The train’s speed gradually slowed to a stop. The loggers and miners woke, grunting and stretching. Ira helped his wife up and herded his children down the aisle to where a man was opening a door and pulling down a set of steps. Verdita handed Dovie to Rueben, gathered her skirts and stepped down. As soon as she took the baby back, he hurried down after her and ran a few yards ahead.
“Where’s the water?” he asked.
A tall, well-built and well-dressed man standing nearby laughed. “A few more feet, there young fellow and you’ll know where it is,” he said.
“It smells,” Rueben said as he wrinkled his nose.
“Why, that’s just good saltwater and tide. Take a deep breath and tap your chest,” the man followed his own instructions and breathed out with a large gust. Reuben did the same and laughed.
“I can feel it all the way to my stomach,” he said.
“Well now, I bet that’s just because it’s empty and we can take care of that in a jiffy.” The man turned to Ira. “You folks must be the Bacom family. We got your telegram. Ma’am,” he said, addressing Verdita, “William Blackwell at your service. I’m here to escort you to the finest hotel in Tacoma, Washington Territory.”
“And the only one, I’ll bet.” Reuben piped up.
“Reuben.” Ira said. “Mind your manners.” He stepped forward and extended his hand. “Ira Bacom, Mr. Blackwell, my wife, Verdita, Reuben, you’ve already met, and this is Hildy and the baby is Dovie.”
“It’s a pleasure, and if you’d like to come this way, we’ll get you all settled.”
He offered his arm to Verdita and as they turned toward a large building several hundred yards away, Dovie woke up and began to cry. Well, she’d been good all day, Verdita thought. But, oh dear, what a sight we must present.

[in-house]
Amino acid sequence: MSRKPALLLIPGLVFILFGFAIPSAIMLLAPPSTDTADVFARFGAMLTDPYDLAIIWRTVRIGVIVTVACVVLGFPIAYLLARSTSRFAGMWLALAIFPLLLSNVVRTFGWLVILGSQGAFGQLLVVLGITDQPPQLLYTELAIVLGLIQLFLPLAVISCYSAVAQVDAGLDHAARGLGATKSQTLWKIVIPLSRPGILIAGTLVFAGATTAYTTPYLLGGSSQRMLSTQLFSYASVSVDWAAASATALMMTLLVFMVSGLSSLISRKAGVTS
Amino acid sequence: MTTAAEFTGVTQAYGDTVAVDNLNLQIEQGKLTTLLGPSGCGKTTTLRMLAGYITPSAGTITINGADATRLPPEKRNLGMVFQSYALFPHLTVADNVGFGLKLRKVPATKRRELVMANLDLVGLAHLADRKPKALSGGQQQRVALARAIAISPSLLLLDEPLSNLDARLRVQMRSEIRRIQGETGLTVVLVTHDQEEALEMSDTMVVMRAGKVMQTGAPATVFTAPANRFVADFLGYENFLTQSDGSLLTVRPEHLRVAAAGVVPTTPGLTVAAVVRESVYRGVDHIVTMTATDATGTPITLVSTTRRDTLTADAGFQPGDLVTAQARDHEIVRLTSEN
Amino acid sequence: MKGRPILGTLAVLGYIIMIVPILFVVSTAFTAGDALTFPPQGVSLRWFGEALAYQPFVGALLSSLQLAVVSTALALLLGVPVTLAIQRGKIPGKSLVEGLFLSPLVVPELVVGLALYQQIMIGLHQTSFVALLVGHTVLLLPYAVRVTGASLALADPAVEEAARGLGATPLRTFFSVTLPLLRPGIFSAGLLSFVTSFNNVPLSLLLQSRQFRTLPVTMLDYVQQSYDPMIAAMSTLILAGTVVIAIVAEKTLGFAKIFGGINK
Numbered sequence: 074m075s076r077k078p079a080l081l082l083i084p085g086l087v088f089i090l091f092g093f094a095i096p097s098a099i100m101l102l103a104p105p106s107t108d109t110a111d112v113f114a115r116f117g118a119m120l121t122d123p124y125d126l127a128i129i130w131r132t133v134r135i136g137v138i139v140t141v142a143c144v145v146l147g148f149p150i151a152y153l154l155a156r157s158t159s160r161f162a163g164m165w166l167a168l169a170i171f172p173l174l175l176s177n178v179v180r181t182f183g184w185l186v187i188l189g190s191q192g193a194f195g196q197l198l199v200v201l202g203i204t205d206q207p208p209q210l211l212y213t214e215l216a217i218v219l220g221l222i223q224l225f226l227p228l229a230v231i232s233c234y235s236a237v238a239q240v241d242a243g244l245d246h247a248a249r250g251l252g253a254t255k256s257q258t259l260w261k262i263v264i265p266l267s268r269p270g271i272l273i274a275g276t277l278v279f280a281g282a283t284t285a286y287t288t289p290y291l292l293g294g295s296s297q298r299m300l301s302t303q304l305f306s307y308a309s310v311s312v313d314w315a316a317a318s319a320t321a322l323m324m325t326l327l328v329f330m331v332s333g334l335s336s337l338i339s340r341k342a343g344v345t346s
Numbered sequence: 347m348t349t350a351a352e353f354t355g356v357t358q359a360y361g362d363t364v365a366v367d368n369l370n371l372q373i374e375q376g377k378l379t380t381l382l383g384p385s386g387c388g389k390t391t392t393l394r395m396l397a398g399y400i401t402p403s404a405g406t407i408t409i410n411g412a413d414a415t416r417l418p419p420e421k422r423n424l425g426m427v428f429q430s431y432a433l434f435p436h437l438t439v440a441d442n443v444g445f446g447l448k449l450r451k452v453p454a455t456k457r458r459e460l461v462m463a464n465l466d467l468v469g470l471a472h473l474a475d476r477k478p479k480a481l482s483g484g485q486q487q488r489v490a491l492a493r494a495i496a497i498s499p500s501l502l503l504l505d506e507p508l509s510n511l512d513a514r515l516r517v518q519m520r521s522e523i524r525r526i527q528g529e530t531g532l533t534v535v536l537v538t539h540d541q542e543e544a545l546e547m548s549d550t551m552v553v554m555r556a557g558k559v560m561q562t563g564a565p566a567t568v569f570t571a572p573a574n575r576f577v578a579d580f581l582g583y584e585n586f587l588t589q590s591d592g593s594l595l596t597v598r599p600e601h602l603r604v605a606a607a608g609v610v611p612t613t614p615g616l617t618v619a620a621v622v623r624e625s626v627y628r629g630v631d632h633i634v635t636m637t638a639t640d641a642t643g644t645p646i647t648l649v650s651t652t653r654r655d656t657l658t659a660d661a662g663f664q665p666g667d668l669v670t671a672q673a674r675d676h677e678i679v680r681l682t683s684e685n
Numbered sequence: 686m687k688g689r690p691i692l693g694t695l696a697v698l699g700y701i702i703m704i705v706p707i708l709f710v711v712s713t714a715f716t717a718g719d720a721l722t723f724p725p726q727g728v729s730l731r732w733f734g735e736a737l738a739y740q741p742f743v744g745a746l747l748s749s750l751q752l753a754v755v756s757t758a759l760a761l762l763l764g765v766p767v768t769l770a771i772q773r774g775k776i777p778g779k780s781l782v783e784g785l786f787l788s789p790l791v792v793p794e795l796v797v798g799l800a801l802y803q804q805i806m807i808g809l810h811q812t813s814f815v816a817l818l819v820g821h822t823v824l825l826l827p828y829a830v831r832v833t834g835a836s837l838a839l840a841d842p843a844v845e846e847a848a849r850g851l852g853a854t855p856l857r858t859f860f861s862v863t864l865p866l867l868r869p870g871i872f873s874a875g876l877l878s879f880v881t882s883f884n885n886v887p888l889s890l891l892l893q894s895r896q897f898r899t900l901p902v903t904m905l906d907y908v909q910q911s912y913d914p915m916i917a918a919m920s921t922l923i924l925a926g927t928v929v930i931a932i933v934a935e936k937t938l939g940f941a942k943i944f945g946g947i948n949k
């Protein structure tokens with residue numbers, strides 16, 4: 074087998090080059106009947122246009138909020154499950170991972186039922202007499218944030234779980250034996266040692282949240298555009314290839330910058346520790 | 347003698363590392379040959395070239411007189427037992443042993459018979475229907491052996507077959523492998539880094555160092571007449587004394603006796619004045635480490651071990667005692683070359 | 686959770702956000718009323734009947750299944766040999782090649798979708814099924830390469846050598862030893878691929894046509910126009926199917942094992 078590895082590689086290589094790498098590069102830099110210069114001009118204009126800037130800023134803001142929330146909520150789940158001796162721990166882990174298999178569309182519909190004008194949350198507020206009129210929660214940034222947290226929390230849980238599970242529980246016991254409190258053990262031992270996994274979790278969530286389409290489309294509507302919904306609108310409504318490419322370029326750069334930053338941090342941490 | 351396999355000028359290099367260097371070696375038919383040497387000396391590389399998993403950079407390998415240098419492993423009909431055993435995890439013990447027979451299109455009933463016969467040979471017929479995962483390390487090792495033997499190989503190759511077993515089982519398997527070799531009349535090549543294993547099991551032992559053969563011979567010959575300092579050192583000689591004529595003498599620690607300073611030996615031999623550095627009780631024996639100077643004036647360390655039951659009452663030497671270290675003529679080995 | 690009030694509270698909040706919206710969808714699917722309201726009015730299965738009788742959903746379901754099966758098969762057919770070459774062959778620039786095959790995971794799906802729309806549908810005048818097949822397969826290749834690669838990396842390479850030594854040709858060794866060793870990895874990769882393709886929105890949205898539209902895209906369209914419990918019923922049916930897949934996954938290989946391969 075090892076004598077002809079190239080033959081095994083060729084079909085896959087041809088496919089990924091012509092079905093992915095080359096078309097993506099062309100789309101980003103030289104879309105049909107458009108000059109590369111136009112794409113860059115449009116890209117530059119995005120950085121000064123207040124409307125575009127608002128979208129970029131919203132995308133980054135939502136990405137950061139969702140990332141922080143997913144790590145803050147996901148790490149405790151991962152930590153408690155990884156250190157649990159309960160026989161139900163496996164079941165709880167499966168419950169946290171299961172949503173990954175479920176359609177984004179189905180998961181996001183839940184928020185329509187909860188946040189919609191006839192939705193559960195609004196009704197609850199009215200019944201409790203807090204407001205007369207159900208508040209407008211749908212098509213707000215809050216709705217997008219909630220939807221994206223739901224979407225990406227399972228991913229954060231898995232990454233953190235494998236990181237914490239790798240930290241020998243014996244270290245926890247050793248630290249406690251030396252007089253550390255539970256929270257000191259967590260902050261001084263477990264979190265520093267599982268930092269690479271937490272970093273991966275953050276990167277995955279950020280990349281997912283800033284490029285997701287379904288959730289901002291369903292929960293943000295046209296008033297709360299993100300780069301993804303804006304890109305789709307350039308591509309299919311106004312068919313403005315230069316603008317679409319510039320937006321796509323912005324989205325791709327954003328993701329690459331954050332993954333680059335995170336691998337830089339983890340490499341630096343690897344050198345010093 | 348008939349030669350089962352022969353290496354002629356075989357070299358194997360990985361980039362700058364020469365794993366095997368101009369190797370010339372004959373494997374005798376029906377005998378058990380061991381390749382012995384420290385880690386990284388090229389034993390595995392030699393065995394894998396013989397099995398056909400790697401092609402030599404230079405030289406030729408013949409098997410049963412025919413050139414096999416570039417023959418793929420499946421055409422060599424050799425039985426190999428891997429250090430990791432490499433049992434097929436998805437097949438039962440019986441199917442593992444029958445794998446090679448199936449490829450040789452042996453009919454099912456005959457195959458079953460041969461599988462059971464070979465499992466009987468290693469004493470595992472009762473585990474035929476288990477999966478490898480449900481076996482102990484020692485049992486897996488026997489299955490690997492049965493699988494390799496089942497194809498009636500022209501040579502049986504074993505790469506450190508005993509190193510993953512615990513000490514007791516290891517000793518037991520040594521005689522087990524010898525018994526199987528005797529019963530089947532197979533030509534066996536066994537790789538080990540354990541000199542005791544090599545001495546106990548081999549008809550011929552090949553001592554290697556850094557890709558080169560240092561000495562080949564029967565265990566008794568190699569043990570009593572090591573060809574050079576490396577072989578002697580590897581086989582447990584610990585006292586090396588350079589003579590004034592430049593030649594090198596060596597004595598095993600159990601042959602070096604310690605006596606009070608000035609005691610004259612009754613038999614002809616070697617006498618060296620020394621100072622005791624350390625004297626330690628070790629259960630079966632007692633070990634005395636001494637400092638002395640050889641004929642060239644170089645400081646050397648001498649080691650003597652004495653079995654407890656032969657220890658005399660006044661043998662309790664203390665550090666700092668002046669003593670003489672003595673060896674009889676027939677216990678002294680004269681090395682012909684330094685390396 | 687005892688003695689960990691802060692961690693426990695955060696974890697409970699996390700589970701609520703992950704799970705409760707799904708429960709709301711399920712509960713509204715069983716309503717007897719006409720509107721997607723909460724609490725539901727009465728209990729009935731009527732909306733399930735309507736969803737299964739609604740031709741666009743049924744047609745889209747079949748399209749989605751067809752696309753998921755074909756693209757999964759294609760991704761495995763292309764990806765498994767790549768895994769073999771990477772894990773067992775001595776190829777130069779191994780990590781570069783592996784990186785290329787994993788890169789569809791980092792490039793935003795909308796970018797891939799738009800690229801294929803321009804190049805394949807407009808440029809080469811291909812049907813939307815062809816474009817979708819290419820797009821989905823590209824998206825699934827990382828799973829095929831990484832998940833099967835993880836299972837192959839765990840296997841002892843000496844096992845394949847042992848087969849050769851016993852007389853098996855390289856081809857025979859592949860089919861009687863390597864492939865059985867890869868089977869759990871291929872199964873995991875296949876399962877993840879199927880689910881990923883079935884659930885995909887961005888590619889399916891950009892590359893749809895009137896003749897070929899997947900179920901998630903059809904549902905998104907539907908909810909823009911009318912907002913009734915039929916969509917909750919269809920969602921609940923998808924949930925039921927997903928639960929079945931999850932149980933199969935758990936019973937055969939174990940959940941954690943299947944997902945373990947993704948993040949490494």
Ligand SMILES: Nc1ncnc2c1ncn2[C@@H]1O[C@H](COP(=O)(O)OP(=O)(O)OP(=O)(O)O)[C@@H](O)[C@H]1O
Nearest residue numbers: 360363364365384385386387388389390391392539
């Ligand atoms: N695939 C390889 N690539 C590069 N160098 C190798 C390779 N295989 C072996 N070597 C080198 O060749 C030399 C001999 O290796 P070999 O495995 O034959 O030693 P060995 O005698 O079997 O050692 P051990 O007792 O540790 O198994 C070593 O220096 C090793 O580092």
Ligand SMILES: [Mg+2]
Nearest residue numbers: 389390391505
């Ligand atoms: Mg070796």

“I’ll hold her, Mama,” said Hildy. “Sometimes she’s gets quiet for me.”
“Thank you, Hildy.” Verdita handed the baby over, took Mr. Blackwell’s arm again, and the two followed Reuben and the bobbing lanterns of the engineer and brakeman.
Hildy jiggled the baby and managed to lag behind. In the water to her right the outlines of ships barely penetrated the fog. Hildy heard them pull and strain on their rope restraints. Water slapped slapped against wooden pilings interrupting men’s voices. On her left were corrals with a few cattle and horses. Somewhere, too, was a chicken coop. Hildy smelled it. Suddenly, a large bird swooped out of the darkness and grabbed something off the ground. It screeched in pain as the bird lifted and disappeared. Hildy’s started cry was lost in Reuben’s excited exclamation.
“Jehosaphat! What was that?” he asked.
“An owl after a wharf rat,” said Mr. Blackwell. “We have a lot of them.”
“Owls or rats?’ asked Ira and Mr. Blackwell gave a great laugh.
“Both Mr, Bacom, both. Now,” he gestured toward a lighted door, “there’s Alice come to greet you. She’ll be mighty glad to have a nice young family here. Tacoma’s a little short on them, right now.”
*Karla Stover was born and raised in Tacoma, Washington, and graduated from the University of Washington with honors in history. She has been writing for more than twenty years. Her credits include the News Tribune, the Tacoma Reporter , the Tacoma Weekly, and the Puget Sound Business Journal. Nationally, she has published in Ruralite and Birds and Blooms. Internationally, she was a regulator contributor to the European Crown and the Imperial Russian Journal. She writes a monthly column for Country Pleasures magazine. In 2008, she won the Chistell Prize for a short story entitled, “One Day at Appomattox.” Weekly, she talks about local history on KLAY AM 1180. Her book, Let’s Go Walk About in Tacoma came out in August 2009, Hidden History of Tacoma: Little-Known Tales from the City of Destiny in 2012, A Line to Murder in 2013, and A Feather for a Fan is coming out December 2014.